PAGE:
Wednesday, March 2, 2011
The Best of The Willow Press
If my father Gary Hantke, proprietor of the Willow Press, were alive he’d be 91 today. He would have had 21 more years to print, a gift he would have enjoyed. As it was, he printed actively for about 40 years, from the 1950s to the end of the 1980s.
Dad loved his print shop! He spent much of his free time on weekends there. Often he couldn’t sleep in the morning, so he went downstairs to print. As a result he was a prolific printer – though much of his printing consisted of smaller pieces he could complete in the early morning hours. But projects large and small show the same careful craftsmanship.
Following is a selection of printed pieces by The Willow Press. As I look at Dad’s printing today, I appreciate the design, the impression, the use of white space. Here are some of the best of the best.
Type ‘N’ Stuff was a journal my father put out in the 1950s. I like the colors he used on this cover, and the Parsons type in the title.
My father frequently contributed pages to cooperative booklets such as Treasure Gems and It’s a Small World. This piece for It’s a Small World showcased some of his collection of initial letters.
Dad’s favorite type designer was Frederic Goudy. This quote was one he liked, and he hung it on his print shop wall.
Below are two holiday booklets produced by the Willow Press (see also “Hantke Family Christmas Cards”, December 2010).
There’s a personal story behind “A Council of Free Nations”. Before printing it my father wrote to Herbert Hoover to request permission to quote the speech. In the letter Dad told an anecdote about his mother ― she'd told him cocoa that helped to keep relatives in Germany alive between the World Wars came from Herbert Hoover. Hoover replied personally to Dad’s letter and gave permission to reprint the speech. He added that the cocoa came from the American people and he was only the instrument.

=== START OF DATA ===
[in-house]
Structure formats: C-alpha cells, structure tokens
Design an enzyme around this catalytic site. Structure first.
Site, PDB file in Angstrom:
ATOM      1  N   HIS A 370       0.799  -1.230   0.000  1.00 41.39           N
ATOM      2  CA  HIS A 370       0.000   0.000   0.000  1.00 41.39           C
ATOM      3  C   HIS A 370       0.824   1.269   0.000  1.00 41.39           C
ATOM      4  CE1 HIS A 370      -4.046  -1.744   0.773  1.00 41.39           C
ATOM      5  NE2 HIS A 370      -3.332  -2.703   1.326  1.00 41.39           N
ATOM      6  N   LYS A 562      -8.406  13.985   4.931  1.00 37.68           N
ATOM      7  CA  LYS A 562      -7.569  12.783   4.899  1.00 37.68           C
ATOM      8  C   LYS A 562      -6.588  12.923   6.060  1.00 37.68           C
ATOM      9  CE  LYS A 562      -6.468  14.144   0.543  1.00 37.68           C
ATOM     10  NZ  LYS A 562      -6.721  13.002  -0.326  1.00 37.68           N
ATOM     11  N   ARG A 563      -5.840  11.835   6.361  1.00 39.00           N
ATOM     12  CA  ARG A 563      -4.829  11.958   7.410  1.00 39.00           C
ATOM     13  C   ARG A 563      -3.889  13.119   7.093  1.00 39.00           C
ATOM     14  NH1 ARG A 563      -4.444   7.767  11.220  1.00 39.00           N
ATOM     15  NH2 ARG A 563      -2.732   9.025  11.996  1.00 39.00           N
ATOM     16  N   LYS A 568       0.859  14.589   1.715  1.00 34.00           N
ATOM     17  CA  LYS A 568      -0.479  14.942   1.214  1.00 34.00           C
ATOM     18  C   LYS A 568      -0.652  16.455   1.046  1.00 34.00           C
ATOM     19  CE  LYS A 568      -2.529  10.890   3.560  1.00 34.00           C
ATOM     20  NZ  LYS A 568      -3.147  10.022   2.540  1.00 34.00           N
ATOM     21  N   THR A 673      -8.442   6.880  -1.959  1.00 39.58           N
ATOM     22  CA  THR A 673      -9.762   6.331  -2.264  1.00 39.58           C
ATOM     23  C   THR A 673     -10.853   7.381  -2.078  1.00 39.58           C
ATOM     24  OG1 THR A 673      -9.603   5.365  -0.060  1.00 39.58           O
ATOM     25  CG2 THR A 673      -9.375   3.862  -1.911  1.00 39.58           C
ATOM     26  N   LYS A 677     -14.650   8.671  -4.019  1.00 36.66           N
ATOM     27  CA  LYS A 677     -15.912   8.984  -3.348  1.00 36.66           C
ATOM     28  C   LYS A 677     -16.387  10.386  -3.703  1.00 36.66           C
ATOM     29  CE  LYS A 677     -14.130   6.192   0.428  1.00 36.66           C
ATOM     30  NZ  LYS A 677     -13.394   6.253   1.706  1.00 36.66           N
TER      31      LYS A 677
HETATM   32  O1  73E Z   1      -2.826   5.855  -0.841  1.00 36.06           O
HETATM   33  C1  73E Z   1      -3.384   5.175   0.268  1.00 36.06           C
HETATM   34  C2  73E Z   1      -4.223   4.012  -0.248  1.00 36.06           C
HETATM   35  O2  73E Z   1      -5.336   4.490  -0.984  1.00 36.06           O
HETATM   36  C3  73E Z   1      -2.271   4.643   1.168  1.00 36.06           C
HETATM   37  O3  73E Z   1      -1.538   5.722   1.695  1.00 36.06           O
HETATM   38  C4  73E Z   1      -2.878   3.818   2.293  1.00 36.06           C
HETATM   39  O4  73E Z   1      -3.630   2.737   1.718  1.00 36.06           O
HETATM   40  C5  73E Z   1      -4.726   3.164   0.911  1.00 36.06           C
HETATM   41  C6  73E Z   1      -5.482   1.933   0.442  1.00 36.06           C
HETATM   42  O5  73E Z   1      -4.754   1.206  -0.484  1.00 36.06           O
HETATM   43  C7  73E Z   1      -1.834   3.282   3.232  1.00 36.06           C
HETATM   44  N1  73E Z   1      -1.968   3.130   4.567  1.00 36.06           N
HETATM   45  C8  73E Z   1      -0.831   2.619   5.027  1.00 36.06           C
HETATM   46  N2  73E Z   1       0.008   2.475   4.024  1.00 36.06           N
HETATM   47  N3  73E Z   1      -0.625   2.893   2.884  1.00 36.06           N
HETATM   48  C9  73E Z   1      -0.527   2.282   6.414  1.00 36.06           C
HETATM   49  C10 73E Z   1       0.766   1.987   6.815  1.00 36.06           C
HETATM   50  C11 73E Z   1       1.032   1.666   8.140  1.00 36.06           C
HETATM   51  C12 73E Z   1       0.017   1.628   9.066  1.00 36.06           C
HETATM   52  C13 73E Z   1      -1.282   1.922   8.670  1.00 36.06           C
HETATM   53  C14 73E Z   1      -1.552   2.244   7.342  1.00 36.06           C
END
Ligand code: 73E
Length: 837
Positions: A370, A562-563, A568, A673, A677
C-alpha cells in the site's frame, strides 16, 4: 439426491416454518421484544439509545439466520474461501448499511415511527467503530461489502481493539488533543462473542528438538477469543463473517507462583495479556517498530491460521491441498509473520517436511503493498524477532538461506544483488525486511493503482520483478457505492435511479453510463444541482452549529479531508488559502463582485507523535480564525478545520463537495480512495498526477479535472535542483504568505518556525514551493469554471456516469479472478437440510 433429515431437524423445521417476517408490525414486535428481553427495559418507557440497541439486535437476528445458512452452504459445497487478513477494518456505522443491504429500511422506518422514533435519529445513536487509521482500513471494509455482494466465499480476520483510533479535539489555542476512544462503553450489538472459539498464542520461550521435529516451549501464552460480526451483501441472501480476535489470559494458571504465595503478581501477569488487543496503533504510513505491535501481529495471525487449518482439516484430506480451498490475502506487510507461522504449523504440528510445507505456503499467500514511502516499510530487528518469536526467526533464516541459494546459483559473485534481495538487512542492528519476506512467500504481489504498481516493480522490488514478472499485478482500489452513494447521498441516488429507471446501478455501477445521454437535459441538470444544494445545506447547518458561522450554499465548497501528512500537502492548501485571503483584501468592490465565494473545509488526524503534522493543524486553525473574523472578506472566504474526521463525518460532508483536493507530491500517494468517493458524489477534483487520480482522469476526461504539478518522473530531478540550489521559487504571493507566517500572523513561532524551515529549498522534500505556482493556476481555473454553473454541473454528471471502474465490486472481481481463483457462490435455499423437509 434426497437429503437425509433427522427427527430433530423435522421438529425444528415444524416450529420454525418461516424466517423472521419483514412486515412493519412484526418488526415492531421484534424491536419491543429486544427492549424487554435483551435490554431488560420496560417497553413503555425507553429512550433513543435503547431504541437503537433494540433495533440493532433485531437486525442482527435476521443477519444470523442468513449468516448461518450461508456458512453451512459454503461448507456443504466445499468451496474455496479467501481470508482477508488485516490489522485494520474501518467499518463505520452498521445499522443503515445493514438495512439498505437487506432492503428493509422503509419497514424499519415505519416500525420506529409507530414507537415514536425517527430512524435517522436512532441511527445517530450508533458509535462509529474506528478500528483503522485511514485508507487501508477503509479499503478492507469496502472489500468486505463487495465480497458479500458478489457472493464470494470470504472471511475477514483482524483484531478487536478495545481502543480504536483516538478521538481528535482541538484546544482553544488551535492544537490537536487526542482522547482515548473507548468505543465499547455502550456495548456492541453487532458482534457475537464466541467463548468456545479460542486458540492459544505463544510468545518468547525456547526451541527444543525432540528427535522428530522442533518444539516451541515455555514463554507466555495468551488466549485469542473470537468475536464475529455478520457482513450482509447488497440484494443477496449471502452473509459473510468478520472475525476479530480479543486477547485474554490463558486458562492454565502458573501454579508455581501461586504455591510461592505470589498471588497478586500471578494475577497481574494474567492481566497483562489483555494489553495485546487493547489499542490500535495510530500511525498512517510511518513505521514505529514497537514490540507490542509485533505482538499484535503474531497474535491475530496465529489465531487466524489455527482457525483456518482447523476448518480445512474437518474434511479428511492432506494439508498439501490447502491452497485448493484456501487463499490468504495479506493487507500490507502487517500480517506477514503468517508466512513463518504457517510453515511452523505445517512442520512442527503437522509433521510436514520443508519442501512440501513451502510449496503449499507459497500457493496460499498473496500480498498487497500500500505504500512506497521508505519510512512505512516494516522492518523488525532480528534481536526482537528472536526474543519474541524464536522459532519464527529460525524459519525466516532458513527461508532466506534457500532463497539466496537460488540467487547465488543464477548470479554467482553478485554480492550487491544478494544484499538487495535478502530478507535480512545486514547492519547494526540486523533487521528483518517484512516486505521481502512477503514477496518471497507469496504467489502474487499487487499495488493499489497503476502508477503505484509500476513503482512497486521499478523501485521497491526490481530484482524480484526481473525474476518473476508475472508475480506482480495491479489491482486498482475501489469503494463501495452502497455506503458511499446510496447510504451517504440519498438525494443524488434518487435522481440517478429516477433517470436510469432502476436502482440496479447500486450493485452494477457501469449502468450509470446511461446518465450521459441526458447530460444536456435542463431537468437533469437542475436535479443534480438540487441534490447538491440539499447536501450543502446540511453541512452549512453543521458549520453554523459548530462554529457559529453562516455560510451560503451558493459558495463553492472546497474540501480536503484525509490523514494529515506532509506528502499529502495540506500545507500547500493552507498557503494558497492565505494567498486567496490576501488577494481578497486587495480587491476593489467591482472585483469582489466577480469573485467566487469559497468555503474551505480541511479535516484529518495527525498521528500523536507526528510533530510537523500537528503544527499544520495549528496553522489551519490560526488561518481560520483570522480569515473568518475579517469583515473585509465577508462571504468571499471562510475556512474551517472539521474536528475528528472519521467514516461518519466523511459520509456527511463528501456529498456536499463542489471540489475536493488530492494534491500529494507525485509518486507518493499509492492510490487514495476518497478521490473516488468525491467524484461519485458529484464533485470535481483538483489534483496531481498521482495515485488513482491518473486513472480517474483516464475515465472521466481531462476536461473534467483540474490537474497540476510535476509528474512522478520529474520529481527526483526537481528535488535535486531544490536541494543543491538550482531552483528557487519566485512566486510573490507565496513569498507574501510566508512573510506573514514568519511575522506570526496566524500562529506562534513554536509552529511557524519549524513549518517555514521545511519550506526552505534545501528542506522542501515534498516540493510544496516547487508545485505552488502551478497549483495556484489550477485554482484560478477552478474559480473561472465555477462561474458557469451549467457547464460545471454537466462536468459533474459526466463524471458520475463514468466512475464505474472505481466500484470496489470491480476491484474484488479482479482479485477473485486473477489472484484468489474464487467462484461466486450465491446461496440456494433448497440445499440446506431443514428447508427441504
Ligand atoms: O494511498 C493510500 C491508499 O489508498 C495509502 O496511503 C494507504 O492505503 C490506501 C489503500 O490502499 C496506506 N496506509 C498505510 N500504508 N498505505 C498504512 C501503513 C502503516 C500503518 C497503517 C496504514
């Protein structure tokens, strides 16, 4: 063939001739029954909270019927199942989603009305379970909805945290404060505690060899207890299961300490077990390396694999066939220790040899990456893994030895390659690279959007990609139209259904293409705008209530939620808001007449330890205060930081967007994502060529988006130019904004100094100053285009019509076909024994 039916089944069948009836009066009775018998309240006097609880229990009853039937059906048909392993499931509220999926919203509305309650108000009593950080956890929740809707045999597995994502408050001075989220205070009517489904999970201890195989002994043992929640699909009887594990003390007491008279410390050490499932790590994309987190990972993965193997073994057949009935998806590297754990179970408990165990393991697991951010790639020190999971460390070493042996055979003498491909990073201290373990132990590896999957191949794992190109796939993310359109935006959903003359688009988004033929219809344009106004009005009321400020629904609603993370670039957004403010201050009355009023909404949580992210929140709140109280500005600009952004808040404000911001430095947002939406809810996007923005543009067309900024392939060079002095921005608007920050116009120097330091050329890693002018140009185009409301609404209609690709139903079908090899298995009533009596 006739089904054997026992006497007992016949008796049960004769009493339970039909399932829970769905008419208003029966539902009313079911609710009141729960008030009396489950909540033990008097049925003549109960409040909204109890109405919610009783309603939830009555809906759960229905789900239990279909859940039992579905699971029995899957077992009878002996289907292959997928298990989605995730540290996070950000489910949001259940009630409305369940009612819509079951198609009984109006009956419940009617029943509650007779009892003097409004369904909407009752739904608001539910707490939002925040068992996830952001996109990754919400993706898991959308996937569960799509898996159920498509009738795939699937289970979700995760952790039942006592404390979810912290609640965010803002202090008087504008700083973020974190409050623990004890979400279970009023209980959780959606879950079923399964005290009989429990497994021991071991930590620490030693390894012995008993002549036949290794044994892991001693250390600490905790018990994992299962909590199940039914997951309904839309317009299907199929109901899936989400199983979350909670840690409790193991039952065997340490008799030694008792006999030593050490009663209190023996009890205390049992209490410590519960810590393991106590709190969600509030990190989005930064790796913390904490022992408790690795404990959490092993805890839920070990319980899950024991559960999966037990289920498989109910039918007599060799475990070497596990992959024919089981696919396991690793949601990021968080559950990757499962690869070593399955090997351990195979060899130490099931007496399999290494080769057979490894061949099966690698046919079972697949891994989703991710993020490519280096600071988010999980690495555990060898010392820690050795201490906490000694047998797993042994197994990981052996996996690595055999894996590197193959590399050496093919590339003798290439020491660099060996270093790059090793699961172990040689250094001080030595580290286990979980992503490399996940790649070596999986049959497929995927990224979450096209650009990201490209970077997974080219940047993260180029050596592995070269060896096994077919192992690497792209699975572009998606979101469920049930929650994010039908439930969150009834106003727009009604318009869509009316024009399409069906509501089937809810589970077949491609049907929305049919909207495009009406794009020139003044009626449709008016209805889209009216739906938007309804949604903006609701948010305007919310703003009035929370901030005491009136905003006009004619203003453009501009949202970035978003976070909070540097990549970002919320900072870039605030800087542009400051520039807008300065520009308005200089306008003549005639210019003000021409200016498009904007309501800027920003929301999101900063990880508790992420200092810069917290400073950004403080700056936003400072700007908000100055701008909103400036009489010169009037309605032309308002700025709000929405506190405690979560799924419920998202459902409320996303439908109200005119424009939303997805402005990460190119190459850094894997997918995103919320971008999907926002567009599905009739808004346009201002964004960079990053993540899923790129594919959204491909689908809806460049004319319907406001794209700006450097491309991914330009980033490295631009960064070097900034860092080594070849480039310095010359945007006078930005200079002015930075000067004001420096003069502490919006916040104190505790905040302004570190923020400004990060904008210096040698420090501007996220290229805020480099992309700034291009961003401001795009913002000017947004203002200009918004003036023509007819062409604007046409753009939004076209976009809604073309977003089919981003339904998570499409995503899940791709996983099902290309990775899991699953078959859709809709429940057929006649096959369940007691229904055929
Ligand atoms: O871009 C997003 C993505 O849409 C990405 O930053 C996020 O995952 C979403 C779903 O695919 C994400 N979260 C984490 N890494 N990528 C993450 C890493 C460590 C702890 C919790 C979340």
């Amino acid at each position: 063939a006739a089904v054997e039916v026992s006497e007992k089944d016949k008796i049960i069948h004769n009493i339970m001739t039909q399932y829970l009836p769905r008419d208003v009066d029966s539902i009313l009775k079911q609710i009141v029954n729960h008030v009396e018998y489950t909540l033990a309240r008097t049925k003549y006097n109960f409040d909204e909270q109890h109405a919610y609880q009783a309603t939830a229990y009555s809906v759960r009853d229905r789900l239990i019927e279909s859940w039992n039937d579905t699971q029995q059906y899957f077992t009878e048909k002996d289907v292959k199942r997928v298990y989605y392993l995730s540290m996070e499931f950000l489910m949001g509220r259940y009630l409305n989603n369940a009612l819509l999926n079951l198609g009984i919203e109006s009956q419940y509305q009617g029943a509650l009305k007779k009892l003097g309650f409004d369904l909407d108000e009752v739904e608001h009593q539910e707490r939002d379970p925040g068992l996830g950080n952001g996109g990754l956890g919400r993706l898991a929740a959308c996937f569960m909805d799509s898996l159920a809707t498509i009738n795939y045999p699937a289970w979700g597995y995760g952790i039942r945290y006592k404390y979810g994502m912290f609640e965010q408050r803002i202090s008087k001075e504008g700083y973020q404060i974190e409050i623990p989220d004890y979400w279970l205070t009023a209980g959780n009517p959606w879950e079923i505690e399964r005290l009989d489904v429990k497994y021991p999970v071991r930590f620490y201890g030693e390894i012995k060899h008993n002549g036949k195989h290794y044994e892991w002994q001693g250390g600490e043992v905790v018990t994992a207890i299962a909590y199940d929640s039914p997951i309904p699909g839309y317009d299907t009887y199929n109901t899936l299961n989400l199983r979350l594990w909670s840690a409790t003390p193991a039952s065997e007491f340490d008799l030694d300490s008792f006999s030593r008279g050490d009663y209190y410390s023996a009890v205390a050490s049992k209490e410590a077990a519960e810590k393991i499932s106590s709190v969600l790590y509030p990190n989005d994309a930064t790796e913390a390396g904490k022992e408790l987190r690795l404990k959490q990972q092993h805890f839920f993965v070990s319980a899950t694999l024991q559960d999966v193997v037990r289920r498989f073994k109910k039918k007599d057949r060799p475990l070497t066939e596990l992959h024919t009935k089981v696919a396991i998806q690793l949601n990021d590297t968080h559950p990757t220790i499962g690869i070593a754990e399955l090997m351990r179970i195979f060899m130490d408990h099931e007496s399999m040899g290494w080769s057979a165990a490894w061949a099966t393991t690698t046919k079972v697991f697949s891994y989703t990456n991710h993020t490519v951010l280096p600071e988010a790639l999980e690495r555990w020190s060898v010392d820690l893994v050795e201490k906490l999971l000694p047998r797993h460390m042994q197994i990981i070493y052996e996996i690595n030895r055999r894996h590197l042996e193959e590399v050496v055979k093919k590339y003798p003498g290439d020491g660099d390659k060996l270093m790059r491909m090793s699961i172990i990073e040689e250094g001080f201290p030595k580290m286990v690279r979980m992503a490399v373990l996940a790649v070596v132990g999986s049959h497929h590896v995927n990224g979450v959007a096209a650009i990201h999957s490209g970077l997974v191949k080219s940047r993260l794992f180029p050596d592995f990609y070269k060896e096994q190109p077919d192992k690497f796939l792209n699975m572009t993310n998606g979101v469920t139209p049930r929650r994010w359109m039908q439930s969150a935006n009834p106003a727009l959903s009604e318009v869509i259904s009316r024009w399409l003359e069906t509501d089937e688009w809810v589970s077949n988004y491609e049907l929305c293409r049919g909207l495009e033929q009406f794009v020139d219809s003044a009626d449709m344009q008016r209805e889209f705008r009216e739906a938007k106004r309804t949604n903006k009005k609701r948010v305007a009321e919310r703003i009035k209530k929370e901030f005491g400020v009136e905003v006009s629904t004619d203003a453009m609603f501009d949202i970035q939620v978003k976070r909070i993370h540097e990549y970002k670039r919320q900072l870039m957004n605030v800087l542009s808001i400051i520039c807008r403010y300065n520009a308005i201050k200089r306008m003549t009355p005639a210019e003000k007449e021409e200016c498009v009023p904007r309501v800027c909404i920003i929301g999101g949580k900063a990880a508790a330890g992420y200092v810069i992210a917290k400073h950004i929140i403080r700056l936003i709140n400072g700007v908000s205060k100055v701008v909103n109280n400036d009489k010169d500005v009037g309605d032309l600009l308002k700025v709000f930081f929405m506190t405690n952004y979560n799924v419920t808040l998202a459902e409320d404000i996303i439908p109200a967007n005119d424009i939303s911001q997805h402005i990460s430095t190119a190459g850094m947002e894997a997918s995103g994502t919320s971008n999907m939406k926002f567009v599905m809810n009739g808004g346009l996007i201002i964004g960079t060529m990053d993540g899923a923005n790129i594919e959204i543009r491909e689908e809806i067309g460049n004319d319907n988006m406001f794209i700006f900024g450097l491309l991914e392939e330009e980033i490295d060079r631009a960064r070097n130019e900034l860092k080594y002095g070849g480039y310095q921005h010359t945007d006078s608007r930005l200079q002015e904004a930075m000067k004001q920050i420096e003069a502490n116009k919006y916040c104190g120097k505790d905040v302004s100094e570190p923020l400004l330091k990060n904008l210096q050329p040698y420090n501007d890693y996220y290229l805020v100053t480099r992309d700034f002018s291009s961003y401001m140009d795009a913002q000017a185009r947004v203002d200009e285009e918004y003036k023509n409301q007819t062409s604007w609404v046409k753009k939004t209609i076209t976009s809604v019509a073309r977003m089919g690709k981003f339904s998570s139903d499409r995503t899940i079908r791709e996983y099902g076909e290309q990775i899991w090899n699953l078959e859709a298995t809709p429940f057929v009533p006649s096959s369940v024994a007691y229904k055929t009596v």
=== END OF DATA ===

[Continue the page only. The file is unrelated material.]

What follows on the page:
Dad’s largest printing effort was a book, “Lincoln the Railsplitter”, published in 1961. It was entirely handset, one letter and space at a time, a true labor of love. Though reasonably priced at $4.00, the 500 copies of the book sold sluggishly. Perhaps as a result, Dad decided to devote his time to less time-consuming printing projects. He still entertained the idea of a miniature book with fellow printer Ward Schori, who had produced several, but it never happened.
Of the many pieces my father printed, The Fool’s Prayer is one of my favorites. I appreciate the cover with its pattern of clowns, and the imaginative usage of Worrell Uncial inside. Simple and beautifully printed, it’s a piece that speaks for itself.
So Happy Birthday, Dad! I still miss you. How I wish you could have had those extra years! But my husband and I are so grateful for the love of printing you handed down to us.